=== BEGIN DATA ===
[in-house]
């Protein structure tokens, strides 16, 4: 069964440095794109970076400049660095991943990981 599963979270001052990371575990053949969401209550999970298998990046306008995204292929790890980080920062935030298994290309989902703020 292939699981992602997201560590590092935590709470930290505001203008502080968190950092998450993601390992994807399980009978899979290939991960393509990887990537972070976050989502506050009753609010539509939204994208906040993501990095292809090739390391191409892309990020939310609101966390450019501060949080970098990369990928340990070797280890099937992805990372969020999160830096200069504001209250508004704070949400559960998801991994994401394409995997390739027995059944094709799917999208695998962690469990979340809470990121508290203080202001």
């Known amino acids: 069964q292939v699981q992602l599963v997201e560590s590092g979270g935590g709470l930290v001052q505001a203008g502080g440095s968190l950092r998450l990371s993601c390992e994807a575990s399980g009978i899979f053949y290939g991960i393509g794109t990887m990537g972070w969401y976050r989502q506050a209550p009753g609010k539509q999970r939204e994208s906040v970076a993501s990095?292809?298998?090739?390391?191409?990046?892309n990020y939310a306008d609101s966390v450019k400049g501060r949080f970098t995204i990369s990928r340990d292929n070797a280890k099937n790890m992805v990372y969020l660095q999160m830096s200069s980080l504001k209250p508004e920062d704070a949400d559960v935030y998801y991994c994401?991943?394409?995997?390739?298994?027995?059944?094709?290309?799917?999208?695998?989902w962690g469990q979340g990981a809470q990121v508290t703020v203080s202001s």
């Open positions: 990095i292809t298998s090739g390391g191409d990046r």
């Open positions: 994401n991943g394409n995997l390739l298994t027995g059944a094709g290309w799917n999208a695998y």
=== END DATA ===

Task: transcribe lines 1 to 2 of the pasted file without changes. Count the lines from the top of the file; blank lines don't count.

[in-house]
């Protein structure tokens, strides 16, 4: 069964440095794109970076400049660095991943990981 599963979270001052990371575990053949969401209550999970298998990046306008995204292929790890980080920062935030298994290309989902703020 292939699981992602997201560590590092935590709470930290505001203008502080968190950092998450993601390992994807399980009978899979290939991960393509990887990537972070976050989502506050009753609010539509939204994208906040993501990095292809090739390391191409892309990020939310609101966390450019501060949080970098990369990928340990070797280890099937992805990372969020999160830096200069504001209250508004704070949400559960998801991994994401394409995997390739027995059944094709799917999208695998962690469990979340809470990121508290203080202001």